• Director

    Carlos Ibarra

  • Country, Year, Length

    United States, 2018, 12 min

  • Category

    Short Narrative

  • Format

    Digital (screening) – Alexa (shooting)

  • Festival Year


Cast: Kevin Balmore, Eliud Kauffman, Reza Salazar, Illiana Guibert
Crew: Producers: Audrey Esparza, Andrew McLain, Megan Channell, Gisela ChÍpe, Reza Salazar – Screenwriters: Carlos Ibarra – Director of Photography: Matthew Mendelson – Production Design: April Lasky – Editor: Rebeka Piñón-Cassidy – Original Song: Pablo Languine

Inspired by a true story, Con Dios is a short film centering around an immigrant family struggling to carve out a life in America. Seventeen-year-old Pablo Sanchez is an aspiring architect whose parents long for him to go to college. But with no clear path to citizenship, college is little more than a dream. While his family figures out how to pay tuition and the unopened college acceptance letters pile up on his desk, Pablo struggles with the depression that comes from realizing the American dream is only open to some.

Carlos Ibarra is an actor, writer, director and producer. Carlos wrote and produced the award-winning short “Botes al Amanecer.” His feature script “Corredor” was a 2nd Round Qualifier at the 2014 Sundance Institute Writer’s Lab and a NALIP Media Market Finalist. In 2015, Carlos became the first Latino to run across America. His journey can be seen in the docu series “Run Carlos Run.” Currently, Carlos works as a Development Executive at 141 Entertainment.

Filmmaker’s Note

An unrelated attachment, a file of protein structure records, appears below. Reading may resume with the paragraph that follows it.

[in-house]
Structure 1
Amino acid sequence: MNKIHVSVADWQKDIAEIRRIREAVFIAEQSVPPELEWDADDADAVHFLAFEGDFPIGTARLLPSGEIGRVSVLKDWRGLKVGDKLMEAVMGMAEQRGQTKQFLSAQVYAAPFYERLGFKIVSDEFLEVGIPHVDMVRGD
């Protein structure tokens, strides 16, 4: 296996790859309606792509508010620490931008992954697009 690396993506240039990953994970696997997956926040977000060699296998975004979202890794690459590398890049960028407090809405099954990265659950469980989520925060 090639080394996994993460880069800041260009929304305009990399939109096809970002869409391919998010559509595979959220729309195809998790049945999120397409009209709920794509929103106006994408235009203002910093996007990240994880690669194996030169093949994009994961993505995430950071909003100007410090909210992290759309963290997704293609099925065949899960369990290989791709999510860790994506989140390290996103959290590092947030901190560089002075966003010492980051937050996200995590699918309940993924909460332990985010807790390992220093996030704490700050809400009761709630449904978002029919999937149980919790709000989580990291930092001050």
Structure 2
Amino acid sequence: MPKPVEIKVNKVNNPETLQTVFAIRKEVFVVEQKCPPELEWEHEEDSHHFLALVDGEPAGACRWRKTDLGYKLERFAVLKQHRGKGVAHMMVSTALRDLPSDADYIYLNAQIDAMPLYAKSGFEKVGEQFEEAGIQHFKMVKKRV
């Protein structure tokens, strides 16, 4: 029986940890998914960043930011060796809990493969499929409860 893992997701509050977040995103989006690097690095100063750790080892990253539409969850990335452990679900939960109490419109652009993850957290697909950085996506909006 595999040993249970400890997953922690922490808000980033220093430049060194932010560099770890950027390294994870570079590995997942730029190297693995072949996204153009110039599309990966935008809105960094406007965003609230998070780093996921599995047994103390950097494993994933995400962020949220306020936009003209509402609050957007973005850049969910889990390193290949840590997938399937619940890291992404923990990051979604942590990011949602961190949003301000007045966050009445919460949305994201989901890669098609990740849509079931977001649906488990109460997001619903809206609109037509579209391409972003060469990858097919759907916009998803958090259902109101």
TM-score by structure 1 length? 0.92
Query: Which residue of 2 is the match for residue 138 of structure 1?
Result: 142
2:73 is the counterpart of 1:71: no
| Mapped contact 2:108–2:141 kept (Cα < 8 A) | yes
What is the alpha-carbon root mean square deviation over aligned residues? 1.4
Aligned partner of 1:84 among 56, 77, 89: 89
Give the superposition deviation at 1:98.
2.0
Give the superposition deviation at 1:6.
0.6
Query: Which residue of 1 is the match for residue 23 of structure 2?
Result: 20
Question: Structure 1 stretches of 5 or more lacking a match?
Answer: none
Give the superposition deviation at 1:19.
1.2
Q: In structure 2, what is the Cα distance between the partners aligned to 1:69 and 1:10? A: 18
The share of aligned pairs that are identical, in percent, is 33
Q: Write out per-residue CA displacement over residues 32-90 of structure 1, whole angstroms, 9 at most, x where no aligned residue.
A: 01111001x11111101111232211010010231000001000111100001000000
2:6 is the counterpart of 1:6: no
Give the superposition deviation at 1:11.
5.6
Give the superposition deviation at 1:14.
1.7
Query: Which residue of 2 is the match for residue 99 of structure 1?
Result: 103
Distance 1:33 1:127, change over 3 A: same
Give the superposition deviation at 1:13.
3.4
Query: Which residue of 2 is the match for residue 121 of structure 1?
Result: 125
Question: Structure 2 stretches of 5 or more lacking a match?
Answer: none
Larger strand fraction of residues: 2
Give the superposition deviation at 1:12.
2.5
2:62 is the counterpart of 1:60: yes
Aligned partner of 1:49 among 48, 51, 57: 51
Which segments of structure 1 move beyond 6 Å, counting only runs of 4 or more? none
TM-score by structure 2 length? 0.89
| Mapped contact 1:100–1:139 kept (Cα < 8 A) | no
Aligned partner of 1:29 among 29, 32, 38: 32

Con Dios focuses on the stress that looming deportation takes on young DREAMers. Families enter the United States every year with the hope that their children will have an opportunity to achieve success through hard work, determination, and initiative. But with our current times, the American Dream seems like a distant reality. The influx of hate, especially towards immigrants, is all around us; yet, we rarely stop to think about the psychological effects this has on the human spirit. This film gives a glimpse into the inner turmoil of an undocumented student who shoulders the burden of his family’s future. To accentuate this feeling, the camera always remain tight and focused on our central character. Through the use of deliberate camera movements (push-ins, pull-outs, “Godview” shots), the audience is restricted to the proximity they’ve been given to our hero. When the audience wants to be close, we keep a distance. On the other hand, when they want to be far we force them to be up close and personal. As an immigrant and DACA recipient, I have experienced, firsthand, the hero’s challenges. However, I have not allowed my immigration status to deter me from pursuing my cinematic and personal goals. As a filmmaker, I strive to share stories that encapsulate the human experience. Inspired by bold filmmakers like Aronofsky, Cuarón, Iñarritu, Chazelle, and Fukunaga- I push to create films that are cinematically beautiful and unafraid to dig deep into the human psyche. My journey has been filled with highs and lows, but the necessity to share stories and put faces like mine onscreen has been the catalyst that keeps me going. Con Dios is in its early stages of exhibition and has not premiered at any festival, yet. Con Dios challenges viewers to see the Sanchez family not just as immigrants but as a family not unlike their own.